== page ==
Delivery Methods

Choosing the right delivery method for your project is critical to meeting your project objectives.  A&P has worked with customers using most of the standard construction industry delivery methods and is well versed in the details of all of them.  If you would like to discuss the various delivery methods in more detail, please contact usSome of the more prevalent delivery methods include: 

Competitive Bid (Design/Bid/Build): In this method an architect is hired and completes the design process without the involvement of the contractor. When the construction documents are completed, the project is made available (advertised) for contractors to bid on. Contractors provide bids based on the total cost to complete the project and the selection of the contractor is based on price alone. 

Construction Management at Risk (CM@Risk, CMAR, CM/GC): Under this delivery method, the contractor is usually selected based on their qualifications alone (although the contractor’s fee may be part of the consideration). The contractor may be selected before, at the same time as, or after the architect is selected. The contractor is usually heavily involved in the design process, working with the owner and architect to create the best possible project for the owner within their budget. Proponents of this delivery method believe that this collaboration helps the owner to get the best possible value for their dollar and reduces the owner’s risk. Under the CM@Risk delivery method, the general contractor holds the subcontractor contracts and works under a guaranteed maximum price (GMP) that is established once construction documents are completed.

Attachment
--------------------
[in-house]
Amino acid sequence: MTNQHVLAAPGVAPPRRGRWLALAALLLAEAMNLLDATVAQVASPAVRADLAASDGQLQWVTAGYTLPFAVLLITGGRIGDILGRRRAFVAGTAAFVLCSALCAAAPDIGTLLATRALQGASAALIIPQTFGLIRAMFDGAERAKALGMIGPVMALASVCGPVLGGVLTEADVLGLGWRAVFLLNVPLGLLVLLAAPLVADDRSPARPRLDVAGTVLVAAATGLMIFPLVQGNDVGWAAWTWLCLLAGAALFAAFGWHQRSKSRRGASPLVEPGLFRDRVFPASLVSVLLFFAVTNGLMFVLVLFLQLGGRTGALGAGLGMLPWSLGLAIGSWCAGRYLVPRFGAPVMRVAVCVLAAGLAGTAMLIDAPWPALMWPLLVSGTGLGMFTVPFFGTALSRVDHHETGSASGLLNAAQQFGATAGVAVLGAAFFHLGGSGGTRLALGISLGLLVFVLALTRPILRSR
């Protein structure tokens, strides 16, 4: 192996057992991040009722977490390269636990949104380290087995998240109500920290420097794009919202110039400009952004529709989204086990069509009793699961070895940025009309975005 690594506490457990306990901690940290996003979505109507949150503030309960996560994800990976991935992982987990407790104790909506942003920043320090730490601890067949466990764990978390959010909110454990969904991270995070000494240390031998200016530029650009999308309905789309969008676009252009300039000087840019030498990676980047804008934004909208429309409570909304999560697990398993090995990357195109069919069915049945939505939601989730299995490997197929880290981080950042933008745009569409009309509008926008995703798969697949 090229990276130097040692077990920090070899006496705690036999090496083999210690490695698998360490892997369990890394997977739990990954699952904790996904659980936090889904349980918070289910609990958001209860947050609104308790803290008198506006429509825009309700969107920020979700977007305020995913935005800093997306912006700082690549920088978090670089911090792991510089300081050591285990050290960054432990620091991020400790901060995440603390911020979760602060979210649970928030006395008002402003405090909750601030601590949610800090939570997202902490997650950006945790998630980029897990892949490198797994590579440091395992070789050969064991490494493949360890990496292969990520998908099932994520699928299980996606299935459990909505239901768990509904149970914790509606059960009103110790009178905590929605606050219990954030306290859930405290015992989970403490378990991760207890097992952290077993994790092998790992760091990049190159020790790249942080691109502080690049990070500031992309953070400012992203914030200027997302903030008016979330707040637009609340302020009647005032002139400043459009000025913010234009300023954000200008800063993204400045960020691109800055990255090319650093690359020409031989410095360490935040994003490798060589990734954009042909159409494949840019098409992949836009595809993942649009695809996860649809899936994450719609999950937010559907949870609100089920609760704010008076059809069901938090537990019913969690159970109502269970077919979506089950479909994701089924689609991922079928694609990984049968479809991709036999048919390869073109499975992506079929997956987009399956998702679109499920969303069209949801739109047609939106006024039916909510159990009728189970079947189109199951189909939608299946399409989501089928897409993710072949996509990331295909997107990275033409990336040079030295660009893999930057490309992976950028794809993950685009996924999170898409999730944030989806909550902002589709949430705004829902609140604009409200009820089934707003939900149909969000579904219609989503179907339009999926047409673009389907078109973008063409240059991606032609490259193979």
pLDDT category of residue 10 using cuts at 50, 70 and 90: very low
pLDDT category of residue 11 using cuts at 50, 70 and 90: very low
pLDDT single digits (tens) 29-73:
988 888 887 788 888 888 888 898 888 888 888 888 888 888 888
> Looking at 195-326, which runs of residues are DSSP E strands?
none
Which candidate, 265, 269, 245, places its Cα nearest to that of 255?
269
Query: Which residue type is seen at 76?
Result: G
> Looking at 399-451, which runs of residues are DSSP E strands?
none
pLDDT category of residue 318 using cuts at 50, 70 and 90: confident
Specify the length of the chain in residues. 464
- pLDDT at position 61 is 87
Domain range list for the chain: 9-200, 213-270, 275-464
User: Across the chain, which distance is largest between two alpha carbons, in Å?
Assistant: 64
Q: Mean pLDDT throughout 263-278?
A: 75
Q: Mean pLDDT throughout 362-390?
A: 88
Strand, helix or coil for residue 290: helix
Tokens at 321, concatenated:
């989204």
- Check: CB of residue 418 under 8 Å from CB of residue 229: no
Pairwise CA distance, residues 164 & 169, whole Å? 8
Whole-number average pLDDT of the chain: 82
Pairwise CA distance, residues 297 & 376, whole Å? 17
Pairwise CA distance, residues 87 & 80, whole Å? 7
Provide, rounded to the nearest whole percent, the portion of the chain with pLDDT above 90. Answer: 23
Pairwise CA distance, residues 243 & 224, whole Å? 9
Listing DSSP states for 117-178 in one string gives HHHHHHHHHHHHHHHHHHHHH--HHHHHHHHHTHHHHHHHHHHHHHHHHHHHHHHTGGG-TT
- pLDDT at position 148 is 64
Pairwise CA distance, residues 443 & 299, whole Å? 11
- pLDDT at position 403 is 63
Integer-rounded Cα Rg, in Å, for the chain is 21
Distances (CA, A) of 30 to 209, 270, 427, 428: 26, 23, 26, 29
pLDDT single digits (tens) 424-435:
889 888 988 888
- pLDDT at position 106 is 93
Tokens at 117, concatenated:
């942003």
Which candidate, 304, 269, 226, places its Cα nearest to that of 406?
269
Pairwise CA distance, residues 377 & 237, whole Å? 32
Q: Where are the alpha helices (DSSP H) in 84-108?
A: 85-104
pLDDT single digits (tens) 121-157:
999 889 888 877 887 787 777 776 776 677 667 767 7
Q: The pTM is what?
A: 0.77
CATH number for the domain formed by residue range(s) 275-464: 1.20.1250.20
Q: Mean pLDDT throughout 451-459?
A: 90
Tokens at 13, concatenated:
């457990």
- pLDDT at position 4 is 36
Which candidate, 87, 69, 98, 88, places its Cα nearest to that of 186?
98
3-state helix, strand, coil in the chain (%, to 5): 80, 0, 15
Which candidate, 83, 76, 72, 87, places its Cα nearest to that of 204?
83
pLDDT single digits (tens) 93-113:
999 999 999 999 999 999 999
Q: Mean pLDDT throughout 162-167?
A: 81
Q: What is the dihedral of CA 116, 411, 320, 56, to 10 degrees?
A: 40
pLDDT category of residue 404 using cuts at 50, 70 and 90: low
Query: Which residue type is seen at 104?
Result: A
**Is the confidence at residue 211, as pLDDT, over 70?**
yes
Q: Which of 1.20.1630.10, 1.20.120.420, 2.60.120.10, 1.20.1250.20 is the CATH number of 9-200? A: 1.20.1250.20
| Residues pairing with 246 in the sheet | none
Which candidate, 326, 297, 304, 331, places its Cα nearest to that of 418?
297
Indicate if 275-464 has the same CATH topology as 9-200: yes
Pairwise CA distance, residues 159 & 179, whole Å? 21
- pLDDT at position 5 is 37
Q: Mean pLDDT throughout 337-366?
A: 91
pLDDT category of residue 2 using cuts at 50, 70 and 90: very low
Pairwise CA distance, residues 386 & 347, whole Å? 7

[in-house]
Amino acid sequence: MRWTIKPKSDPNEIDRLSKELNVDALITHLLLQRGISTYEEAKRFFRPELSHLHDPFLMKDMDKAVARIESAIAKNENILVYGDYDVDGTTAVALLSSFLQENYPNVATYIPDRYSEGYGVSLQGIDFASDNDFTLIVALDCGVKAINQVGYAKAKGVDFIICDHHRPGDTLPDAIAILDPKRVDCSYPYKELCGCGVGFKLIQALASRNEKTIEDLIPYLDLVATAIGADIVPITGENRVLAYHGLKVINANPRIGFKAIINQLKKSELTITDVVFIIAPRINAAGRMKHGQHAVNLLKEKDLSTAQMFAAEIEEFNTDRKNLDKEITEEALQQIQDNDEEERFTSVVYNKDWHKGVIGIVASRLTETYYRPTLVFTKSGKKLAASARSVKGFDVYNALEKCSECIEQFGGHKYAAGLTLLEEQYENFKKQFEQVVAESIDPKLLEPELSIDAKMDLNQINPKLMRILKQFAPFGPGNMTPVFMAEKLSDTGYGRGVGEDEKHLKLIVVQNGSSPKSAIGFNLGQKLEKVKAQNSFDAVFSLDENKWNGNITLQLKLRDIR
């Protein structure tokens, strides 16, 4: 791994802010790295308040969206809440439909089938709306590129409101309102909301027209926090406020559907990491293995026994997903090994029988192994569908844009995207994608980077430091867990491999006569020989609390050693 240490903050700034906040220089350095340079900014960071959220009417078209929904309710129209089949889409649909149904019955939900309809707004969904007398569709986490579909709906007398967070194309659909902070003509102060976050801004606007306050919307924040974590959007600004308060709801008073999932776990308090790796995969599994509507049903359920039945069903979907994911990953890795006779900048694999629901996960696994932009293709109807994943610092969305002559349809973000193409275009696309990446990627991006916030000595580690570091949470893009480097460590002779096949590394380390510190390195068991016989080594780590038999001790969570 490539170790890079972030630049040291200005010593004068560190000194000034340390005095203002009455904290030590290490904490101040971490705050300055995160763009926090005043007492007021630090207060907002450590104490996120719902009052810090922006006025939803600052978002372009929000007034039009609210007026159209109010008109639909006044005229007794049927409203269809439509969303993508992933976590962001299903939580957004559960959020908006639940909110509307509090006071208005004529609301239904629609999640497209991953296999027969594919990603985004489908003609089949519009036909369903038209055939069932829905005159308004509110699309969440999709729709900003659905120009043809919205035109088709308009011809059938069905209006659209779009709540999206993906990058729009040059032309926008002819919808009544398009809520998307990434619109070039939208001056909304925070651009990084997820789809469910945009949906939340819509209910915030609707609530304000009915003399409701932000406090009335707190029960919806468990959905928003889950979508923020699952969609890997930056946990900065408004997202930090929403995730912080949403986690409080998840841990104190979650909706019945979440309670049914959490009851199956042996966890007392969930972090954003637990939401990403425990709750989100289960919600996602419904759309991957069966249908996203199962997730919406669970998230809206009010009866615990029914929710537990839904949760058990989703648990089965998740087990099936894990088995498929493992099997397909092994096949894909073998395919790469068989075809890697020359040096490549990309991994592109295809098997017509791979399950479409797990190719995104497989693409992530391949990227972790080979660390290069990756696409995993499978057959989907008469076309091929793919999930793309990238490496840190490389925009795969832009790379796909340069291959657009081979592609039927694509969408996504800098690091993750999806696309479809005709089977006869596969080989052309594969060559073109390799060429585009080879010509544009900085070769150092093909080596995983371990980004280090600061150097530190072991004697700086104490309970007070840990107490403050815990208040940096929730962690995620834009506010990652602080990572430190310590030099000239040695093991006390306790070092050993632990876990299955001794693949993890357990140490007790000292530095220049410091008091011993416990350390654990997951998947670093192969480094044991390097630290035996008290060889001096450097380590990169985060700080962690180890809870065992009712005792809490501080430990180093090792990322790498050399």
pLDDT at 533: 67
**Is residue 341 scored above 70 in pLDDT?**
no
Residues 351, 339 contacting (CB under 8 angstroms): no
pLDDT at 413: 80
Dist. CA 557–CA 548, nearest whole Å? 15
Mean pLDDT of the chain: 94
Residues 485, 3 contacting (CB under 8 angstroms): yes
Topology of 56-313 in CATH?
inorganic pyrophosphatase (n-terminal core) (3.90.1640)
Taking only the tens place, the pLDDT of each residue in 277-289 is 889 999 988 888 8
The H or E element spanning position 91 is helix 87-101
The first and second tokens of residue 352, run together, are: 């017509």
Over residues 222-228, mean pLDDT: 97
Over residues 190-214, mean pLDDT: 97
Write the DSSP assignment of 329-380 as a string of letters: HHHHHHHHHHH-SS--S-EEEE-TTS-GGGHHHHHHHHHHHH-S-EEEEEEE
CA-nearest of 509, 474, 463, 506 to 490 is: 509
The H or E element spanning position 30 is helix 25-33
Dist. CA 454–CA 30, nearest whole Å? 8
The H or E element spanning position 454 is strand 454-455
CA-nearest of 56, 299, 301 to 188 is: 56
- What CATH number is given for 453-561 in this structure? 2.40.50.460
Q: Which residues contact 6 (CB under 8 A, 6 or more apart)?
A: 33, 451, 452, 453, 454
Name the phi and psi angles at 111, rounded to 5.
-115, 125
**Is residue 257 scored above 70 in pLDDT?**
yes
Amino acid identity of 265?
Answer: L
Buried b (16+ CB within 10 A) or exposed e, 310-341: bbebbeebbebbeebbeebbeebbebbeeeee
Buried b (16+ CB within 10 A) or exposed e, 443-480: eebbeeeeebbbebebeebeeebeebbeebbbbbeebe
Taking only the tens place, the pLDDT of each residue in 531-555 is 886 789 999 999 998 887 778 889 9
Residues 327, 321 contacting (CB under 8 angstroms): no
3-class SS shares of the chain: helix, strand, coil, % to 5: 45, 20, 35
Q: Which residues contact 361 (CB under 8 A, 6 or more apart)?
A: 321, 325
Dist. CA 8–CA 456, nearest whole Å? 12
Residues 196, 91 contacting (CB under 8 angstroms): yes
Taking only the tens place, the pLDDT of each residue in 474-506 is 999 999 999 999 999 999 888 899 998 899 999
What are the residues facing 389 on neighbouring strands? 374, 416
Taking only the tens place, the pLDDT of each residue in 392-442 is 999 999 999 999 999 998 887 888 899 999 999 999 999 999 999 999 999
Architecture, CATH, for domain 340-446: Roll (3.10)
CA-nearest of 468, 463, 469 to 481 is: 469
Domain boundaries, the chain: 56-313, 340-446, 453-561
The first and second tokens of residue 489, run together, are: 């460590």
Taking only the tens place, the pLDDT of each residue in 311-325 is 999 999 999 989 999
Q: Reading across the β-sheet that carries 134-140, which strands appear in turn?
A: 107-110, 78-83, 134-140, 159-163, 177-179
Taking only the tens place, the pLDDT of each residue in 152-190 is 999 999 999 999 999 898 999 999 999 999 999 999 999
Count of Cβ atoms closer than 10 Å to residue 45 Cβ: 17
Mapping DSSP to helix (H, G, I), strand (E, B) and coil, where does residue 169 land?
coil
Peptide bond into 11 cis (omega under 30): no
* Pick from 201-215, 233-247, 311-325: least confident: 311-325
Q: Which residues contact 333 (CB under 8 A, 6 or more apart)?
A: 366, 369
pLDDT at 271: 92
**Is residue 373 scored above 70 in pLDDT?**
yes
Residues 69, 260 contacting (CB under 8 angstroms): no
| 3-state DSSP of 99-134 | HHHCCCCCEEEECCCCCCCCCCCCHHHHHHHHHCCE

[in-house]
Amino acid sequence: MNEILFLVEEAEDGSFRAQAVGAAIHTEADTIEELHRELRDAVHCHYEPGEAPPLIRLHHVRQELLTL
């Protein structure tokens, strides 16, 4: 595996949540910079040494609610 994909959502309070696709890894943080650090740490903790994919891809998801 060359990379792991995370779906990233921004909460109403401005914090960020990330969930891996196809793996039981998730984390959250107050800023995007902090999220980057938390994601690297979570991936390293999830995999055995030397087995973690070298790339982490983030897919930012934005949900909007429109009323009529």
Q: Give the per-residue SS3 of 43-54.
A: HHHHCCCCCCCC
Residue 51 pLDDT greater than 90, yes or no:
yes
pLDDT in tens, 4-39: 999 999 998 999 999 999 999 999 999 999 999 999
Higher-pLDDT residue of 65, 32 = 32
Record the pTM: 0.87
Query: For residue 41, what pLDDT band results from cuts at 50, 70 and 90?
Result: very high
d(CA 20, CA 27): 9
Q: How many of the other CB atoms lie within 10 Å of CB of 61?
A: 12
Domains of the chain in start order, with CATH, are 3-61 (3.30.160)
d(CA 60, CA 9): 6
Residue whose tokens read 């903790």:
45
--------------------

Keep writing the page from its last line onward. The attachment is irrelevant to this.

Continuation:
Construction Management (CM) Agency:  Under the CM Agency delivery method, the selection process and involvement of the contractor in the design phase are very similar to those under CM@Risk. One of the main differences in this delivery method is that the owner holds the contracts directly with the subcontractors (in addition to their contract with the general contractor). Under this method, the owner carries all the risk and contracts for design, subcontractors, performance, schedule, quality, safety, budget overruns, errors and omissions, etc.

Design/Build: Under this delivery method, the owner selects the architect and contractor as a team rather than making two separate selections. Proponents of this delivery method believe that it provides an assurance that the architect and contractor will work well together (since they chose to partner with each other). In many ways, this delivery method is similar to a CM@Risk contract after the selection is made.

Integrated Project Delivery (IPD):  A relatively new delivery method, IPD has many models, each with its own unique variations. The selection process is usually based on the contractor’s qualifications, and the architect and contractor are selected separately prior to the start of design. Under IPD, the owner, architect and contractor enter into a contractual agreement outlining how they will collaborate during design and construction. This often includes agreements on the use of design and collaboration tools such as Building Information Modeling (BIM).